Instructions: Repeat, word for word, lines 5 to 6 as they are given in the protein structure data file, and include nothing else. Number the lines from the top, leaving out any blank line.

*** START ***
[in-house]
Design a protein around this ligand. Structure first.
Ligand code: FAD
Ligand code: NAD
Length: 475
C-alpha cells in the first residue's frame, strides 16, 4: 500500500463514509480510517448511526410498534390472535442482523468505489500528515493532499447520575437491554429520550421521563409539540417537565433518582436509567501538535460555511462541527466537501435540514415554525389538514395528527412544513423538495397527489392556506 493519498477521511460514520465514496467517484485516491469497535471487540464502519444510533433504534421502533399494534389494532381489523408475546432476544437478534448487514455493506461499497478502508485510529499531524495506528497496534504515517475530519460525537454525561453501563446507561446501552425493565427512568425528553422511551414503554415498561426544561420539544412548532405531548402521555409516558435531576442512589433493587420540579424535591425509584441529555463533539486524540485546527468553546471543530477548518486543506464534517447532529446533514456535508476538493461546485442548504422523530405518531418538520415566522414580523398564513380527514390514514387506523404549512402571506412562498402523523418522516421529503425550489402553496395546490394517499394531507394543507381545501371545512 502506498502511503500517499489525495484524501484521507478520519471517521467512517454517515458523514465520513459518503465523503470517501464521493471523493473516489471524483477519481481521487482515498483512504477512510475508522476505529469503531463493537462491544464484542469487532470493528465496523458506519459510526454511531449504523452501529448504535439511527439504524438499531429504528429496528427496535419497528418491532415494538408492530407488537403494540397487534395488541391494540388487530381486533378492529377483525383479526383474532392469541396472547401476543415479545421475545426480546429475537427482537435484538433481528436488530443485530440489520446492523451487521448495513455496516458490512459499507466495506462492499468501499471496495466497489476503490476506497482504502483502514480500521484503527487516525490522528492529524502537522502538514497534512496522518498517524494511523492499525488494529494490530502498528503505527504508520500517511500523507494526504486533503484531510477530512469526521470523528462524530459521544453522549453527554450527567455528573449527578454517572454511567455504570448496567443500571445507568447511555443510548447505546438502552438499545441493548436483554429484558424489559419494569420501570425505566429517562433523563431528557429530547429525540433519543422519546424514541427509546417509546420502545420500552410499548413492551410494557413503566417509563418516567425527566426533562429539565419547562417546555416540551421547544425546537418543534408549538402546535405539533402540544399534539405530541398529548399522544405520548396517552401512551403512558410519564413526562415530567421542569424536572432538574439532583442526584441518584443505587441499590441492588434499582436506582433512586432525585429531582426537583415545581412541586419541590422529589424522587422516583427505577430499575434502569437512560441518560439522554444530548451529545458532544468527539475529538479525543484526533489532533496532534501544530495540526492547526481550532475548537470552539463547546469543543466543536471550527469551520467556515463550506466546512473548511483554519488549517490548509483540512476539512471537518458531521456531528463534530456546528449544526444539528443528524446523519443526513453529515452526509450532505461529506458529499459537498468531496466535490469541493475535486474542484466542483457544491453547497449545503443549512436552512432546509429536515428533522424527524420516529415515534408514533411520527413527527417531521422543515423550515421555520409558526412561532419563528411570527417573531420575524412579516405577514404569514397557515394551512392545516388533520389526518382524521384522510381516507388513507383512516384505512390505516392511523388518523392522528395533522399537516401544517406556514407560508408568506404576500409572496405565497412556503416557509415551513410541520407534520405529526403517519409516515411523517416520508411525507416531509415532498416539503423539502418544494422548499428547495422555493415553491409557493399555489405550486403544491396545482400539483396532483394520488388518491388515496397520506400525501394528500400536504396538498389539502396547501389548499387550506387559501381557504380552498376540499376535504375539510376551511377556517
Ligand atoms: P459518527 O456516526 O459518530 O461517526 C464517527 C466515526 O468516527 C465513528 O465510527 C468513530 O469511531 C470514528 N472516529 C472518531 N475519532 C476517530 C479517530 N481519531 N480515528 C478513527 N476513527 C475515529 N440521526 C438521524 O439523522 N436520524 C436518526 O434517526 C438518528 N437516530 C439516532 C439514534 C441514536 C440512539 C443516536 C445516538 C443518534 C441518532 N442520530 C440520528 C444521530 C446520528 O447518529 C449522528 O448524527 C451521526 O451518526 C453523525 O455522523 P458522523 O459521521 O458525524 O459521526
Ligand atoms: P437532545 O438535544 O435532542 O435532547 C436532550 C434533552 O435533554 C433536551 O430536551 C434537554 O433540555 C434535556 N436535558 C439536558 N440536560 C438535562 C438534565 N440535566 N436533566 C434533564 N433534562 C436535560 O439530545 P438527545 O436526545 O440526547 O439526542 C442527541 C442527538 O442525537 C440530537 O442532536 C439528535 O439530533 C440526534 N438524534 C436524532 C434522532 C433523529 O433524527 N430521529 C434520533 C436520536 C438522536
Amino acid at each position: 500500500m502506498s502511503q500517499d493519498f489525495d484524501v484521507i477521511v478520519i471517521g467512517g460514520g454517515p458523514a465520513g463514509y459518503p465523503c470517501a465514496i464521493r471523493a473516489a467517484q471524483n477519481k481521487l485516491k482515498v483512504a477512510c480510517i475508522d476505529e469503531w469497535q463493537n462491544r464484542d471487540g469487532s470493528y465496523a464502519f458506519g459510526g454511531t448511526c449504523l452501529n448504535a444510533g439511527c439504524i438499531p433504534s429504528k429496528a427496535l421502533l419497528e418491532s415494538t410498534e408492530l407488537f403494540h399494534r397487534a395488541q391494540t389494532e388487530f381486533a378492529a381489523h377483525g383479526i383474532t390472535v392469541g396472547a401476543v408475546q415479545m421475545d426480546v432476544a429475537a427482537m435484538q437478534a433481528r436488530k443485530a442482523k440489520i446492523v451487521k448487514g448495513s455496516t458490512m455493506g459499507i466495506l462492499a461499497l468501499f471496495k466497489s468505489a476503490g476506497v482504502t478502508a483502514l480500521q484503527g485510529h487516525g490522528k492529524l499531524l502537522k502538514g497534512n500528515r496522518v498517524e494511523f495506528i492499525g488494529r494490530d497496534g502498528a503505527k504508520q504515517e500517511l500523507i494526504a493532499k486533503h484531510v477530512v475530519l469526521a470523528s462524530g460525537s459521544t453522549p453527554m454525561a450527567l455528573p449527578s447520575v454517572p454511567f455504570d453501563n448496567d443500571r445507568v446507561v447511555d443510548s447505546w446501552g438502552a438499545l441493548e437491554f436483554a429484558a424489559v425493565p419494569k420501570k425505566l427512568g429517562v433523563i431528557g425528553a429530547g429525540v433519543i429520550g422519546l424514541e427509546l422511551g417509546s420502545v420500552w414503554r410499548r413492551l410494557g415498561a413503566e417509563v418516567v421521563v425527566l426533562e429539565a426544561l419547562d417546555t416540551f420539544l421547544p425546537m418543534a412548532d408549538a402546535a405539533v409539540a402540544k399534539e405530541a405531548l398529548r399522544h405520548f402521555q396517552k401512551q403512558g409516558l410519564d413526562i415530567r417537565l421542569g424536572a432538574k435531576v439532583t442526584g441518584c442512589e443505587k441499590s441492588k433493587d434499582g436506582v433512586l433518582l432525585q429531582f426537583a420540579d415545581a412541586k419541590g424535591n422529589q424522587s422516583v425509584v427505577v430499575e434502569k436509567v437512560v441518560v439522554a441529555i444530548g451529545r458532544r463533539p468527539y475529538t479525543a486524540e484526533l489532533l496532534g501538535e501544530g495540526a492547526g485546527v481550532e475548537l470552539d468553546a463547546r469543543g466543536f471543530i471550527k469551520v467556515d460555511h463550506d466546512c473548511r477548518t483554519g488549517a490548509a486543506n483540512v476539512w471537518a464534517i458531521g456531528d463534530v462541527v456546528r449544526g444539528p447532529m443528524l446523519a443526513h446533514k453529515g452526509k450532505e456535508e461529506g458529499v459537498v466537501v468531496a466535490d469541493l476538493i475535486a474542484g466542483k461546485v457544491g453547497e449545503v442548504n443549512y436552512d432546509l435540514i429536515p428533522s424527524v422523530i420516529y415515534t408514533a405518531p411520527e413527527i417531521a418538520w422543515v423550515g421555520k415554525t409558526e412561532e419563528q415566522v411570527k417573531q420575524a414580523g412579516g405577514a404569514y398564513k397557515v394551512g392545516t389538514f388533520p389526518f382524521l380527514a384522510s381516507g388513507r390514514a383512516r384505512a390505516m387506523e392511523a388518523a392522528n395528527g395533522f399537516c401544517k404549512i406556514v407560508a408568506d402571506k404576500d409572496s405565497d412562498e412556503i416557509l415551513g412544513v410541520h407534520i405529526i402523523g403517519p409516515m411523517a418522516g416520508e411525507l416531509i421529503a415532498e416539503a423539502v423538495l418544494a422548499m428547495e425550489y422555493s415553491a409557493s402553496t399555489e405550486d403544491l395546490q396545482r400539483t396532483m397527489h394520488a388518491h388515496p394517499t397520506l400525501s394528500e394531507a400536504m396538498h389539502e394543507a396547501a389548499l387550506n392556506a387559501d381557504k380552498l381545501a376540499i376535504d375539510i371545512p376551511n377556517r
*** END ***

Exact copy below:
Length: 475
C-alpha cells in the first residue's frame, strides 16, 4: 500500500463514509480510517448511526410498534390472535442482523468505489500528515493532499447520575437491554429520550421521563409539540417537565433518582436509567501538535460555511462541527466537501435540514415554525389538514395528527412544513423538495397527489392556506 493519498477521511460514520465514496467517484485516491469497535471487540464502519444510533433504534421502533399494534389494532381489523408475546432476544437478534448487514455493506461499497478502508485510529499531524495506528497496534504515517475530519460525537454525561453501563446507561446501552425493565427512568425528553422511551414503554415498561426544561420539544412548532405531548402521555409516558435531576442512589433493587420540579424535591425509584441529555463533539486524540485546527468553546471543530477548518486543506464534517447532529446533514456535508476538493461546485442548504422523530405518531418538520415566522414580523398564513380527514390514514387506523404549512402571506412562498402523523418522516421529503425550489402553496395546490394517499394531507394543507381545501371545512 502506498502511503500517499489525495484524501484521507478520519471517521467512517454517515458523514465520513459518503465523503470517501464521493471523493473516489471524483477519481481521487482515498483512504477512510475508522476505529469503531463493537462491544464484542469487532470493528465496523458506519459510526454511531449504523452501529448504535439511527439504524438499531429504528429496528427496535419497528418491532415494538408492530407488537403494540397487534395488541391494540388487530381486533378492529377483525383479526383474532392469541396472547401476543415479545421475545426480546429475537427482537435484538433481528436488530443485530440489520446492523451487521448495513455496516458490512459499507466495506462492499468501499471496495466497489476503490476506497482504502483502514480500521484503527487516525490522528492529524502537522502538514497534512496522518498517524494511523492499525488494529494490530502498528503505527504508520500517511500523507494526504486533503484531510477530512469526521470523528462524530459521544453522549453527554450527567455528573449527578454517572454511567455504570448496567443500571445507568447511555443510548447505546438502552438499545441493548436483554429484558424489559419494569420501570425505566429517562433523563431528557429530547429525540433519543422519546424514541427509546417509546420502545420500552410499548413492551410494557413503566417509563418516567425527566426533562429539565419547562417546555416540551421547544425546537418543534408549538402546535405539533402540544399534539405530541398529548399522544405520548396517552401512551403512558410519564413526562415530567421542569424536572432538574439532583442526584441518584443505587441499590441492588434499582436506582433512586432525585429531582426537583415545581412541586419541590422529589424522587422516583427505577430499575434502569437512560441518560439522554444530548451529545458532544468527539475529538479525543484526533489532533496532534501544530495540526492547526481550532475548537470552539463547546469543543466543536471550527469551520467556515463550506466546512473548511483554519488549517490548509483540512476539512471537518458531521456531528463534530456546528449544526444539528443528524446523519443526513453529515452526509450532505461529506458529499459537498468531496466535490469541493475535486474542484466542483457544491453547497449545503443549512436552512432546509429536515428533522424527524420516529415515534408514533411520527413527527417531521422543515423550515421555520409558526412561532419563528411570527417573531420575524412579516405577514404569514397557515394551512392545516388533520389526518382524521384522510381516507388513507383512516384505512390505516392511523388518523392522528395533522399537516401544517406556514407560508408568506404576500409572496405565497412556503416557509415551513410541520407534520405529526403517519409516515411523517416520508411525507416531509415532498416539503423539502418544494422548499428547495422555493415553491409557493399555489405550486403544491396545482400539483396532483394520488388518491388515496397520506400525501394528500400536504396538498389539502396547501389548499387550506387559501381557504380552498376540499376535504375539510376551511377556517